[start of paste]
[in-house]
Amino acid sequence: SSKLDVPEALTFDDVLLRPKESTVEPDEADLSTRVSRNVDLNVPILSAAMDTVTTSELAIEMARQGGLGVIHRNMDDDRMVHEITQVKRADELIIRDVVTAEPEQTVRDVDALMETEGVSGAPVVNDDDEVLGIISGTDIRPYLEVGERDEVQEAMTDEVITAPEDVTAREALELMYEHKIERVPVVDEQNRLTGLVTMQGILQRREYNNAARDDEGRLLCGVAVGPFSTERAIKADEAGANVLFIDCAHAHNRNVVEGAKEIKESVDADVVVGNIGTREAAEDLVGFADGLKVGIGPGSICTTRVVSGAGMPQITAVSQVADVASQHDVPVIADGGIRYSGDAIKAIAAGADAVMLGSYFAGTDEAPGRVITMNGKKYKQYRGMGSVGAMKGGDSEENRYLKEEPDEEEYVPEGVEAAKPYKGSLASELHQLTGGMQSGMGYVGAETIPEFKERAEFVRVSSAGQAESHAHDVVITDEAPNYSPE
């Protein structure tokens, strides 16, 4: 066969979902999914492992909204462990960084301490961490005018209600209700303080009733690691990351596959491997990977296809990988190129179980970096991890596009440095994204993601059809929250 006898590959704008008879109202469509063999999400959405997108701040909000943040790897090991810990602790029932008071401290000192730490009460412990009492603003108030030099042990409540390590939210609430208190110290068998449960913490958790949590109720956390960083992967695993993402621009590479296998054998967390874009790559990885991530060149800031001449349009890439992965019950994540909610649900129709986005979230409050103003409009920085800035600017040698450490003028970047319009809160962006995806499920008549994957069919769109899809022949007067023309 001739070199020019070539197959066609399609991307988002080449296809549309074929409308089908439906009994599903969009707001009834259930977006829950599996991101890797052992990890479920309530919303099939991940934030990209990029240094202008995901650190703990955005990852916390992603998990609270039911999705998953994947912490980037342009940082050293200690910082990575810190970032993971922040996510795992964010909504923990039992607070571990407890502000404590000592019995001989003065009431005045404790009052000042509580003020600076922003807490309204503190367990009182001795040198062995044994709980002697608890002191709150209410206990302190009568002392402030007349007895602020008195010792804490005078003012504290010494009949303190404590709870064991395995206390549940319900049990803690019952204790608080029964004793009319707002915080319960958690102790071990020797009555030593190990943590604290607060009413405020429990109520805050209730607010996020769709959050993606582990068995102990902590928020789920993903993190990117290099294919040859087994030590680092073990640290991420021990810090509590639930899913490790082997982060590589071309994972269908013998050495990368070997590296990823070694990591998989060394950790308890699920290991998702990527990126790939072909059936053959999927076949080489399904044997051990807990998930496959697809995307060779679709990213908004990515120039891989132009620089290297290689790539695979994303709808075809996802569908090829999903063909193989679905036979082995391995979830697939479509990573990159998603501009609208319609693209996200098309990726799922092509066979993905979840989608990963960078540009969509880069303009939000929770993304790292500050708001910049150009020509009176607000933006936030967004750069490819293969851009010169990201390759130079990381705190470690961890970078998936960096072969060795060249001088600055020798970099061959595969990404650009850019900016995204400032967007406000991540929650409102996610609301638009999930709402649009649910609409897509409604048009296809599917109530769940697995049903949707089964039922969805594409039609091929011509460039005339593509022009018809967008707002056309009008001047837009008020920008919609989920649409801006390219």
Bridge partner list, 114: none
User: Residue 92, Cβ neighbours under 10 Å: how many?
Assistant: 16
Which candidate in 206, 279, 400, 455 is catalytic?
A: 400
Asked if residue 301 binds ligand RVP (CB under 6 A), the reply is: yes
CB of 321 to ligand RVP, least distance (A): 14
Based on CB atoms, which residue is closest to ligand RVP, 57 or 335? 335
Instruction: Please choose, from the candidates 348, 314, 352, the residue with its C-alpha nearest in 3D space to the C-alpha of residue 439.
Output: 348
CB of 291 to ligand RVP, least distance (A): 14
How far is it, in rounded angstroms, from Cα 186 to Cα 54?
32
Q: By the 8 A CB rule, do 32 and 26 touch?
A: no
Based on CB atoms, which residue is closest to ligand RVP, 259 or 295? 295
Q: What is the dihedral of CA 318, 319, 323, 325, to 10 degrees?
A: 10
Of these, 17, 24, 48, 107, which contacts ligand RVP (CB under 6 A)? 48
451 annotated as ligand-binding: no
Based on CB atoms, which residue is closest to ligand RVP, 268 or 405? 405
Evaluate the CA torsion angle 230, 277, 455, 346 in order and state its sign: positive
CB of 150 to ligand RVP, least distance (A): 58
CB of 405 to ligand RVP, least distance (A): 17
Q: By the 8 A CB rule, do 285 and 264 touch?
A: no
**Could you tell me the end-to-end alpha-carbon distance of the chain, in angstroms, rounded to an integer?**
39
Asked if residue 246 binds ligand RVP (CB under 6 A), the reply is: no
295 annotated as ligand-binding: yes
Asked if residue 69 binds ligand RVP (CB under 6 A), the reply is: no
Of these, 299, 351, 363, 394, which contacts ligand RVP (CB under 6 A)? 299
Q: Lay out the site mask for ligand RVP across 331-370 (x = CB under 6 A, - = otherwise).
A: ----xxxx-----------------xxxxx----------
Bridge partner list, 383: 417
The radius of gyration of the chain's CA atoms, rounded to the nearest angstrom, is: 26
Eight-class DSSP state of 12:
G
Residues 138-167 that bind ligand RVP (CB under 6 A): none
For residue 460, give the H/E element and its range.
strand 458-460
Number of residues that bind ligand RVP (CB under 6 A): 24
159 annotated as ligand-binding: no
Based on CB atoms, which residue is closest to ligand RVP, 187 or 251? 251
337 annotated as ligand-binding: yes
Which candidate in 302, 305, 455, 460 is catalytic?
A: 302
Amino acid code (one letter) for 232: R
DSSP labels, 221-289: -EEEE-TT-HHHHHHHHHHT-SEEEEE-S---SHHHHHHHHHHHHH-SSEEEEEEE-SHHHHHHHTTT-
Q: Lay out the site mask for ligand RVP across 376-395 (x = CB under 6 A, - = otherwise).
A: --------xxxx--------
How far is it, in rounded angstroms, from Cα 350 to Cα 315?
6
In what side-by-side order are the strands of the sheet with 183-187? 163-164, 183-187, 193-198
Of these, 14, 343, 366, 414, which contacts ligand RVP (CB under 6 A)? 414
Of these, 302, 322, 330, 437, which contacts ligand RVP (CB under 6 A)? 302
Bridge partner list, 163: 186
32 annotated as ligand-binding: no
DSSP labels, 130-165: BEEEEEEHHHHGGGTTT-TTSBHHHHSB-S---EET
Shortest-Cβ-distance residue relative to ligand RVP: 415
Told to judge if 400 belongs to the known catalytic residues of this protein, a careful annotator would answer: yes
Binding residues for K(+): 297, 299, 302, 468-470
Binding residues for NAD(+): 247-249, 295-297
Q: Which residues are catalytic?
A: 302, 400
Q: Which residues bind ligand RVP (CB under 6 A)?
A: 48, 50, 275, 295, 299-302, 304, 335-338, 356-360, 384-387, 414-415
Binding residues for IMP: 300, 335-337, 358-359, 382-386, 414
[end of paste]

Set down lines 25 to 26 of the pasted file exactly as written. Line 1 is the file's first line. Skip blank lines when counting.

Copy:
Evaluate the CA torsion angle 230, 277, 455, 346 in order and state its sign: positive
CB of 150 to ligand RVP, least distance (A): 58